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Staff Spotlight for February: Zachi Dvira

img_3307How does a computer programmer stumble into directing a hot-topic salvage archaeology project? This is the story of our Director, Zachi Dvira.

After a short hiatus during our crowdfunding campaign, our Staff Spotlight is back on and this month, it falls on Zachi. Many people have read interviews and articles about Dr. Gaby Barkay, but what do you know about the student turned director of our project?

Zachi grew up in Herzliya and only really got started in archaeology at age 25. From age 9, he was programming computers. After the army, he went into computer graphics and animation and even started his own business. One Sukkot, he left his office for eight days, and the heat from the sun coming through the windows destroyed all of his hard drives. All of his files and big projects were lost.

Zachi felt like he needed a change. He had just spent time traveling in the Caribbean and South America and became more interested in archaeology. He was intrigued by St. Augustine in Columbia and its unique culture. He was a city boy, but when he got back to Israel, he started traveling within Israel and visiting the archaeological and historical sites here. He was amazed at the number of things that he didn’t know and that he hadn’t done in Israel. Zachi’s late grandmother also fanned the spark of interest in archaeology and would talk to Zachi about excavations and discoveries.

Zachi had been interested in the Bible since he was a teenager and he had been researching the Torah text and its relation to modern Judaism. After the loss of his files, Zachi went back to programming, but he also wanted to learn archaeology on the side because of his sincere interest in the subject. He also wanted to gain the tools he needed to research more about the Bible and the source of Judaism. Zachi enrolled at Bar Ilan University, and as he learned more and more, he felt like he really began to better understand the text of the Bible and the context in which it was written.

So how did the Sifting Project start?

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Illicit bulldozing in 1999

Zachi was interested in the Temple Mount and he was doing a seminar with Dr. Gaby Barkay about Jerusalem. He had to write a paper about Jerusalem in the 10th Century BCE. At that time, there was a claim that the Temple Mount was not a part of Jerusalem in the 10th century and that it was only added later on.

Even in 1998, there had been reports of trucks leaving the Temple Mount with earth, and when the large Awaqf excavation took place in 1999, someone who had followed the trucks told Zachi where to find the dirt that they had dumped. Zachi had the idea that he could maybe find something from the 10th century BCE and give evidence that the Temple Mount was a part of Jerusalem at that time. He had no idea that it would become a whole project.

With other friends and archaeology students, Zachi surveyed some of the earth removed from the Temple Mount, but it was professors like Dr. Barkay that were able to date and identified the artifacts and who realized that they were dealing with something immensely important.

Zachi and Gaby decided to establish an official project for sifting this debris and the Temple Mount Sifting Project was established in 2004. Zachi was in the middle of his MA studies. I asked him what his dreams are for the project, and he said that because this project has exceeded all hopes and expectations, it is difficult to talk about dreams. The dream of finding a few inscriptions or seals, well we found them. In any excavation you want to uncover more finds that shed a lot of light on history, and with our project, even just the statistics of the finds that we have can lead to new understandings.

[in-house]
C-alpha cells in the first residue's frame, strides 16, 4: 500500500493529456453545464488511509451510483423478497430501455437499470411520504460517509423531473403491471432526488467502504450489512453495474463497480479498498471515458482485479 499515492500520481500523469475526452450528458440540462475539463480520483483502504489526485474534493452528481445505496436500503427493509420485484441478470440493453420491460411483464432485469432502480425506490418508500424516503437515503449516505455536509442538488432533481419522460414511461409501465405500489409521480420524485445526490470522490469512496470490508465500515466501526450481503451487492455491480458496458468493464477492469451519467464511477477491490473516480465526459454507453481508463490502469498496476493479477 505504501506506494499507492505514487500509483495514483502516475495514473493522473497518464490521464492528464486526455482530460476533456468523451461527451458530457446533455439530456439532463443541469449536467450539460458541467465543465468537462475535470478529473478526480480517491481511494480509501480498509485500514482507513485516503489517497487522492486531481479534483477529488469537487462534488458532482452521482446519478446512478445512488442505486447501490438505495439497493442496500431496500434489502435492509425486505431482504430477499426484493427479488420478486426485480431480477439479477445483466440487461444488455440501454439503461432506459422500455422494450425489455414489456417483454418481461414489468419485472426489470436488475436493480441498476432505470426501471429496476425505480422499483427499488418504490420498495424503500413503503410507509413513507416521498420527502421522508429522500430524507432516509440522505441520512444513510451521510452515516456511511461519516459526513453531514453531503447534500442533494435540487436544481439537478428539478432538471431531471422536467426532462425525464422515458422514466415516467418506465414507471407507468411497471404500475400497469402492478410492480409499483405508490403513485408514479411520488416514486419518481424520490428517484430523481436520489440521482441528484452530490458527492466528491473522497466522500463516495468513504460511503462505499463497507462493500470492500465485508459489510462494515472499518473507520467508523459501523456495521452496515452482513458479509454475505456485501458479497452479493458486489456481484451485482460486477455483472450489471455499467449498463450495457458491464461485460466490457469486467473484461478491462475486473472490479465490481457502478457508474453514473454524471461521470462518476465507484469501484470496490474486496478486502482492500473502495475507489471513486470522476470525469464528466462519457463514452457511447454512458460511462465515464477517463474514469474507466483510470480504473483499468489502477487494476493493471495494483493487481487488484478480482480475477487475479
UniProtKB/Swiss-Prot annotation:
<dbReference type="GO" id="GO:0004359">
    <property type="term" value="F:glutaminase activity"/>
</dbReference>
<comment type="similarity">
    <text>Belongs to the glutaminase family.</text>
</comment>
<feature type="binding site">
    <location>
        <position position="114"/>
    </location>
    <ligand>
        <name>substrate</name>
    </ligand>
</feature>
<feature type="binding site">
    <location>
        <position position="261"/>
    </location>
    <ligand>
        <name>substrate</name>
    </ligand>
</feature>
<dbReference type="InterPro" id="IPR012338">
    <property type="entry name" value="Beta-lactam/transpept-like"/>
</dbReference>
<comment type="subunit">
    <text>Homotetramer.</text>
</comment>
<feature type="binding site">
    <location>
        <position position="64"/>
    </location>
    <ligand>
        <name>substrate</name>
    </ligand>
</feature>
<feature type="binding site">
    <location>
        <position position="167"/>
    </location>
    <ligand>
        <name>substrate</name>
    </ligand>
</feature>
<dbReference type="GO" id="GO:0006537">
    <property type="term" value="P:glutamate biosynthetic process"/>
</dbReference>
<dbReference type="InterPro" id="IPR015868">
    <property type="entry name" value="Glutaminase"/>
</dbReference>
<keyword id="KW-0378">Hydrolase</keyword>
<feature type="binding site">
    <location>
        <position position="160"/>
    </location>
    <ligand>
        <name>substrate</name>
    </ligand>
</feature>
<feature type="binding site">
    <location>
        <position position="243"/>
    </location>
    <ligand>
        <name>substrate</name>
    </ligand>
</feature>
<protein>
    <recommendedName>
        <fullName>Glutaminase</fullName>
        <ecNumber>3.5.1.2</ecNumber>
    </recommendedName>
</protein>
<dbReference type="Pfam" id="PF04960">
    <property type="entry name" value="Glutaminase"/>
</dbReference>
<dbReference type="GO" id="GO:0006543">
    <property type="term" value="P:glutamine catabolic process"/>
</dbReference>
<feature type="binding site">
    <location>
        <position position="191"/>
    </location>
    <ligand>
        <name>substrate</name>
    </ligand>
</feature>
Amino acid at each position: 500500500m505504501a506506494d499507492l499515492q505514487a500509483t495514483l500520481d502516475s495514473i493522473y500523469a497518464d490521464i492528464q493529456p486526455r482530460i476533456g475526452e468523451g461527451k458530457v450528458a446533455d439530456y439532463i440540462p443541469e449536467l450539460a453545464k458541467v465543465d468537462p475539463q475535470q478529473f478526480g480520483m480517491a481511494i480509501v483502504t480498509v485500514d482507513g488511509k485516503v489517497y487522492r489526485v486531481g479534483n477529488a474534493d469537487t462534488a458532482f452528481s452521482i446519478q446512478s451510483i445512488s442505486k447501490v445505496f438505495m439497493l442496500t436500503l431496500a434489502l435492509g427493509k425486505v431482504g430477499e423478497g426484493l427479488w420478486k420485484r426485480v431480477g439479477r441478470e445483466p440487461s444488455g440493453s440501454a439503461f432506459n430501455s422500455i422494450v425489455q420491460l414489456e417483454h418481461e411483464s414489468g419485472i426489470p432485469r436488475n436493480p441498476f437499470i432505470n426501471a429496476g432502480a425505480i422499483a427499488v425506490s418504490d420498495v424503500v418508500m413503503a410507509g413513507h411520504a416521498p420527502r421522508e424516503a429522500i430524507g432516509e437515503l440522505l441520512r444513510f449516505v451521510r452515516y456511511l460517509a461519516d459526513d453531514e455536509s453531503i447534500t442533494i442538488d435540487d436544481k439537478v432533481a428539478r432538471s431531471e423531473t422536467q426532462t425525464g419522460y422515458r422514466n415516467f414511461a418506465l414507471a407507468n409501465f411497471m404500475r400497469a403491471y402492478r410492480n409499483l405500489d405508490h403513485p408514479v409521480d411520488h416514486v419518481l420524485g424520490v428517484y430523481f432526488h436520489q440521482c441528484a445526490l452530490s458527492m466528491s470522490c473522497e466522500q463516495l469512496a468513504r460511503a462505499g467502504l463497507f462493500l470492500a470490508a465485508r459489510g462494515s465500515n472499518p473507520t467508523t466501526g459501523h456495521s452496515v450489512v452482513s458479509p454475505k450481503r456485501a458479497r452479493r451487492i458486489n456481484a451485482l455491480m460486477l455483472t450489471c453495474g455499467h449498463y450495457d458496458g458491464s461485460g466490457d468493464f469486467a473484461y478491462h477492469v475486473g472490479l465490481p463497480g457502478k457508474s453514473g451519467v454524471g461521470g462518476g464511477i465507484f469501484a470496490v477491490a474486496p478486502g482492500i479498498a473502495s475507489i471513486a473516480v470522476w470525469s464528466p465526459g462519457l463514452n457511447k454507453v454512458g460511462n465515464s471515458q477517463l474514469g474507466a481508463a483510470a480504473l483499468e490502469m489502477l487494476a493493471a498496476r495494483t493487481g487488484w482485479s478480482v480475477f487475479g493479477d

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Data-mining TMSP data

Of all things, Zachi is very interested in the implementation of advanced quantitative analysis techniques in archaeology. This is what his MA thesis was about. He researched automatic typology methods and wrote about how to use data mining for analyzing archaeological databases to reveal patterns in the data, which consequently raise new research questions.

While Zachi has found a number of nice coins and some inscriptions for the project, the research and the library is more interesting for him. Like all of us, there are so many things that Zachi would like to research and to delve into, but unfortunately there just aren’t enough hours in the day. This is the never-ending problem of an archaeologist. You learn one thing that leads you into a whole new category of topics you didn’t even know you were interested in, which leads you to something else, and the process of learning and striving to know more and better understand is a lifelong pursuit.

This is what led Zachi to the British Mandate archives where he discovered a whole list of remnants and features on the Temple Mount that he was surprised had not been published. They help fill in the picture of the history of the Temple Mount and how it has been used over time. He wrote a whole article about this and we are now waiting for it to be expanded upon and translated into English. This is also a part of his PhD thesis that he has just started.

Basically, we are very lucky to have Zachi, his experience, and his passion for learning and truth leading our TMSP team. This is just a small glimpse into the man, but hopefully it gives you a little bit of insight into the quiet powerhouse behind our project.

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Discussing stone weights in the lab

Coming to New York!

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Start spreading the news. We’re coming! We want to be a part of it, New York, New York!

Zachi Dvira will be going to New York on a speaking tour from April 20th through April 30th. He will be visiting various Jewish organizations in and around Manhattan, and may even be making his way to New Jersey for a day. He will be speaking about the counter evidence to the Temple Denial Movement, the archaeological evidence from the Sifting Project, and other research and artifacts from other excavations in Jerusalem that provide evidence of the First and Second Temple.

These lectures are a fun way to help you learn the facts so that you can counter the Temple Denial Movement. Zachi has been studying the history of the Temple Mount for over 18 years. As well as being one of the founders of the Sifting Project, he has also had access to some unpublished research in archives from the British Mandate Period that shed a lot of light on the history of the Temple Mount.